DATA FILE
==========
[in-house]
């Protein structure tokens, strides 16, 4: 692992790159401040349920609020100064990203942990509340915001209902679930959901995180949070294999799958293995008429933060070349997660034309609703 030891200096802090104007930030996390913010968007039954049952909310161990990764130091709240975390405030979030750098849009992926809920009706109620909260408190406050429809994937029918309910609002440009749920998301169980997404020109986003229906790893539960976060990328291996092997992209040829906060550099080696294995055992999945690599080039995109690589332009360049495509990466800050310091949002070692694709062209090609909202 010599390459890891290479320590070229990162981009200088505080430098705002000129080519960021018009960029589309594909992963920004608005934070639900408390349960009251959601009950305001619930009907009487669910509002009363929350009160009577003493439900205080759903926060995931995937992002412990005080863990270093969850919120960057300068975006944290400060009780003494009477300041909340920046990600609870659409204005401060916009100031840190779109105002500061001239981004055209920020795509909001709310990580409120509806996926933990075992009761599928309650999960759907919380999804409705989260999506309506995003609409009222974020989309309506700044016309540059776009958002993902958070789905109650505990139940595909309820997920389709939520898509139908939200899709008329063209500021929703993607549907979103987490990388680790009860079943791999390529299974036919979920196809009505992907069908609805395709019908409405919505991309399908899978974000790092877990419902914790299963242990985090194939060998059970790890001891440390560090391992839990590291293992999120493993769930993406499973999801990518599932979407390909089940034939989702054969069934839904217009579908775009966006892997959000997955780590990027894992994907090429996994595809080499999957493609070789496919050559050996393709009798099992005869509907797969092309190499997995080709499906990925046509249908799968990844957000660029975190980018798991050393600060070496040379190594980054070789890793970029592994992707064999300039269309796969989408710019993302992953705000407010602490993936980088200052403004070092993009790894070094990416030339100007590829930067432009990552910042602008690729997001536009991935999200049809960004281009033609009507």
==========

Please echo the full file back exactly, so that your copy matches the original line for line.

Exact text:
[in-house]
């Protein structure tokens, strides 16, 4: 692992790159401040349920609020100064990203942990509340915001209902679930959901995180949070294999799958293995008429933060070349997660034309609703 030891200096802090104007930030996390913010968007039954049952909310161990990764130091709240975390405030979030750098849009992926809920009706109620909260408190406050429809994937029918309910609002440009749920998301169980997404020109986003229906790893539960976060990328291996092997992209040829906060550099080696294995055992999945690599080039995109690589332009360049495509990466800050310091949002070692694709062209090609909202 010599390459890891290479320590070229990162981009200088505080430098705002000129080519960021018009960029589309594909992963920004608005934070639900408390349960009251959601009950305001619930009907009487669910509002009363929350009160009577003493439900205080759903926060995931995937992002412990005080863990270093969850919120960057300068975006944290400060009780003494009477300041909340920046990600609870659409204005401060916009100031840190779109105002500061001239981004055209920020795509909001709310990580409120509806996926933990075992009761599928309650999960759907919380999804409705989260999506309506995003609409009222974020989309309506700044016309540059776009958002993902958070789905109650505990139940595909309820997920389709939520898509139908939200899709008329063209500021929703993607549907979103987490990388680790009860079943791999390529299974036919979920196809009505992907069908609805395709019908409405919505991309399908899978974000790092877990419902914790299963242990985090194939060998059970790890001891440390560090391992839990590291293992999120493993769930993406499973999801990518599932979407390909089940034939989702054969069934839904217009579908775009966006892997959000997955780590990027894992994907090429996994595809080499999957493609070789496919050559050996393709009798099992005869509907797969092309190499997995080709499906990925046509249908799968990844957000660029975190980018798991050393600060070496040379190594980054070789890793970029592994992707064999300039269309796969989408710019993302992953705000407010602490993936980088200052403004070092993009790894070094990416030339100007590829930067432009990552910042602008690729997001536009991935999200049809960004281009033609009507």